Visceral leishmaniasis, also known as kala-azar, is characterized by irregular bouts of fever, substantial weight loss, swelling of the spleen and liver, and anaemia (which may be serious).
If the disease is not treated, the fatality rate in developing countries can be as high as 100% within 2 years.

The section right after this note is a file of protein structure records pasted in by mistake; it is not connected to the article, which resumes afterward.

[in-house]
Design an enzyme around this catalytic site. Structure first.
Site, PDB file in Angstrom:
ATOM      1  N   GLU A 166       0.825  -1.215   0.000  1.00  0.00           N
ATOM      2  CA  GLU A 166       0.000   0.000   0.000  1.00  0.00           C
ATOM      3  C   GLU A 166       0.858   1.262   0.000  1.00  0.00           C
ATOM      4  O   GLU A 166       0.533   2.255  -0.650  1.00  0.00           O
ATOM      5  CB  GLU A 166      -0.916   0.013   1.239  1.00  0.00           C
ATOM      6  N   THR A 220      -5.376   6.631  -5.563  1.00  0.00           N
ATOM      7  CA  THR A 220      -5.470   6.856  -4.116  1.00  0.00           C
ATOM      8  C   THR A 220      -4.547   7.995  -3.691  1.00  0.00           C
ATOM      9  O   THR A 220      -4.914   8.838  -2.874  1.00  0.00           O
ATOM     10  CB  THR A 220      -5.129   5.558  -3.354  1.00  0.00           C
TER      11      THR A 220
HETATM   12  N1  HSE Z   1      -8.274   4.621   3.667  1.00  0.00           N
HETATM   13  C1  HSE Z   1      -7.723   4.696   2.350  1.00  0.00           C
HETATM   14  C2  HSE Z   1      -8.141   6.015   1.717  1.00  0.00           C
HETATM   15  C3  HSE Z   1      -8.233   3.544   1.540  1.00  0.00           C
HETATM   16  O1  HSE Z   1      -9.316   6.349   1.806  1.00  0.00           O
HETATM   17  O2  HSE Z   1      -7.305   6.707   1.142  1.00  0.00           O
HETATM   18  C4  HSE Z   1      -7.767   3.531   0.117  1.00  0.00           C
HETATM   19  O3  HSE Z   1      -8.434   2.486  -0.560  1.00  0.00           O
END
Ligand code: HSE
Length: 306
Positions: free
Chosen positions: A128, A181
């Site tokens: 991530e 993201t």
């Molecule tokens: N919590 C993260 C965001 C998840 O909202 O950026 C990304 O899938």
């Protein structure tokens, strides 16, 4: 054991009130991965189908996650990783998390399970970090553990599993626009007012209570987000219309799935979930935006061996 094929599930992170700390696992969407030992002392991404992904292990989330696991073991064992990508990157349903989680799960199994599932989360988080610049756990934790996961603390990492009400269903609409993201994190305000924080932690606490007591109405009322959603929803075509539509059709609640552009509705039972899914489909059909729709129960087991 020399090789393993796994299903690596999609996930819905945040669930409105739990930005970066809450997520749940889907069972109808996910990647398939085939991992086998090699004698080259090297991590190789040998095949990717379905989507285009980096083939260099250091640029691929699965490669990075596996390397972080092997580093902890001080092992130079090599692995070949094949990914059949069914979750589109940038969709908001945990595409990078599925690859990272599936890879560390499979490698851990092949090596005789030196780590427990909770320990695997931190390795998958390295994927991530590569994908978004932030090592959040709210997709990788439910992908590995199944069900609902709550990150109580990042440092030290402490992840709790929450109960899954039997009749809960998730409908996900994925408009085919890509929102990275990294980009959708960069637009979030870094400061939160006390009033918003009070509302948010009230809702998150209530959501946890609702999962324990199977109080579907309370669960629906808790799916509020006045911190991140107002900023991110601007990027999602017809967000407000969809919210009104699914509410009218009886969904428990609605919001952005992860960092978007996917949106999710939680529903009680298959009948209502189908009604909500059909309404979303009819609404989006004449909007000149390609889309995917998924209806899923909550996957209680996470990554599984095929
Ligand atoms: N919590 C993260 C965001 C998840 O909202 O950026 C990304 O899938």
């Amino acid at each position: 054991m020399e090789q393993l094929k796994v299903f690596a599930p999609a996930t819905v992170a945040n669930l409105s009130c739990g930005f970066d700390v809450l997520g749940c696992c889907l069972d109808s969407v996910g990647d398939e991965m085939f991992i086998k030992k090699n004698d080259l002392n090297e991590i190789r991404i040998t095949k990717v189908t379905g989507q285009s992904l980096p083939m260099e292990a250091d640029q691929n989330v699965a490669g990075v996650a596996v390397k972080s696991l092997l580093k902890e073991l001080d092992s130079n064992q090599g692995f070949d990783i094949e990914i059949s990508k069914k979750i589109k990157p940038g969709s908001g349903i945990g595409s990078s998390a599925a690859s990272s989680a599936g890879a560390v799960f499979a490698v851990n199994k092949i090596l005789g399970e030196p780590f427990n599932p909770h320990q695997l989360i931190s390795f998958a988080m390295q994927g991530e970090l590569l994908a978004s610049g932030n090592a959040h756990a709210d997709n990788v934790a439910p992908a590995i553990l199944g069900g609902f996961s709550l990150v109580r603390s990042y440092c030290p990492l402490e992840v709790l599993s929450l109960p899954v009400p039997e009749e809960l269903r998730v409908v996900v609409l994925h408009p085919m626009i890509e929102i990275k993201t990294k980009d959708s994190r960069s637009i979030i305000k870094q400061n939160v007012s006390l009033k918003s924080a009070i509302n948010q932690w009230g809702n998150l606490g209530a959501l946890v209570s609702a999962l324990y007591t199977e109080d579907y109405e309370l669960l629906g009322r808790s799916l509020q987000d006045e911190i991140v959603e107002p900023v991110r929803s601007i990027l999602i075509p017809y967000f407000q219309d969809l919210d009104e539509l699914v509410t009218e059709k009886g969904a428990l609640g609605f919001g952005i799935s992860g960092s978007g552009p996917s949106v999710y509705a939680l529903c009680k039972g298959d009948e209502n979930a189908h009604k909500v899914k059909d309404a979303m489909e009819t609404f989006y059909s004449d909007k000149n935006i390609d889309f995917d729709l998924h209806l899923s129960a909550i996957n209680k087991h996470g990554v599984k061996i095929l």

Post-kala-azar dermal leishmaniasis (PKDL) is a complication of visceral leishmaniasis (VL) in areas where Leishmania donovani is endemic; it is characterized by a hypopigmented macular, maculopapular, and nodular rash usually in patients who have recovered from VL . It usually appears 6 months to 1 or more years after apparent cure of of the disease but may occur earlier or even concurrently with visceral leishmaniasis especially in the Sudan. PKDL heals spontaneously in the majority of cases in Africa but rarely in patients in India. It is considered to have an important role in maintaining and contributing to transmission of the disease particularly in interepidemic periods of VL, acting as a reservoir for parasites.